Emergency room patients treated by physicians who prescribe opioids more often are at greater risk for long-term opioid use even after a single prescription than those who see less-frequent prescribers, according to the findings of a study from Harvard T.H. Chan School of Public Health and Harvard Medical School.
The research, believed to be the first to measure variation in provider prescribing practices and their impact on long-term opioid use, was published Feb. 16, 2017 in the New England Journal of Medicine.
Long-term opioid use increases the danger of misuse, addiction and even overdose, fueling what public health experts have called a national epidemic of opioid overuse. In 2015, more than 15,000 people in the United States died from an overdose involving prescription opioids, according to the Centers for Disease Control and Prevention.
The findings, the researchers add, underscore an acute need to educate clinicians on judicious prescribing practices and reduce wide variation in prescribing patterns for similar patients.
“These are sobering results,” said lead study author Dr. Michael Barnett, assistant professor of health policy and management at Harvard Chan School and an HMS instructor of medicine at Brigham and Women’s Hospital. “Our analysis suggests that one out of every 48 people newly prescribed an opioid will become a long term user. That’s a big risk for such a common therapy.”
Specifically, the study found that patients who saw frequent, or so-called high-intensity, opioid prescribers were three times as likely to receive a prescription for opioids as patients seen by infrequent, or low-intensity, prescribers in the same hospital.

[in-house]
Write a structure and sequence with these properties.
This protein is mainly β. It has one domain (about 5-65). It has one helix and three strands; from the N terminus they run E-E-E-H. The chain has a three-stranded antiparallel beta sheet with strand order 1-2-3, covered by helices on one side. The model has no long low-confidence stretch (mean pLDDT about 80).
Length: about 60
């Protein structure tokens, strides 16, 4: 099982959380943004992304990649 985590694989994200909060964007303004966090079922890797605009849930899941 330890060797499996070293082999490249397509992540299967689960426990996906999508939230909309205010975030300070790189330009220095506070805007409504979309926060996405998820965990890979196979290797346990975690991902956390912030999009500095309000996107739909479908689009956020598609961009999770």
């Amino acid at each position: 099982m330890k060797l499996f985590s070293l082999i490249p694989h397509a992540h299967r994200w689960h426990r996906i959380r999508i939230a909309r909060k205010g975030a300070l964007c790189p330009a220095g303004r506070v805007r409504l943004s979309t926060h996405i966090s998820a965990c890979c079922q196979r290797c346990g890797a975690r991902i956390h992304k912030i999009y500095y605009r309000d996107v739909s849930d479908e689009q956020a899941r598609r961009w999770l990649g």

Individuals treated by the most frequent prescribers were 30 percent more likely to become long-term opioid users—defined as receiving six months’ worth of pills in the 12 months following the initial encounter—and were also more likely to have an adverse outcome related to the drugs, such as a fall, a fracture, respiratory failure, or constipation.
The study also showed that patients treated by low-frequency prescribers were no more likely to return to the hospital overall or with the same complaints—findings that suggest these people were not under-treated for their symptoms.
“Who treats you matters. Our findings lend support to the narrative that we often hear—a patient happened to be prescribed an opioid by a dentist or in the emergency room and unwittingly became a long-term user,” said study author Dr. Anupam Jena, the Ruth L. Newhouse Associate Professor of Health Care Policy at HMS and an HMS associate professor of medicine and physician at Massachusetts General Hospital. “A physician who prescribes an opioid needs to be conscious that there is a significant risk that the patient could continue to be on an opioid for the long term, even from a single, short, initial prescription.”
In their analysis, the researchers compared opioid use during 12 months following an initial emergency department encounter among more than 375,000 Medicare beneficiaries treated by more than 14,000 physicians between 2008 and 2011.
Although the physicians saw patients with similar complaints, they treated them differently. On the low end of the spectrum, one quarter of providers gave opioid prescriptions to just 7 percent of the patients they saw. At the other extreme, the top quarter of prescribers gave opioids to 24 percent of their patients.
“That’s an enormous amount of variation just from walking through a door and getting assigned to one doctor instead of another,” said Dr. Barnett.
This research was funded by National Institutes of Health Director’s Early Independence Award number 1DP5OD017897-01.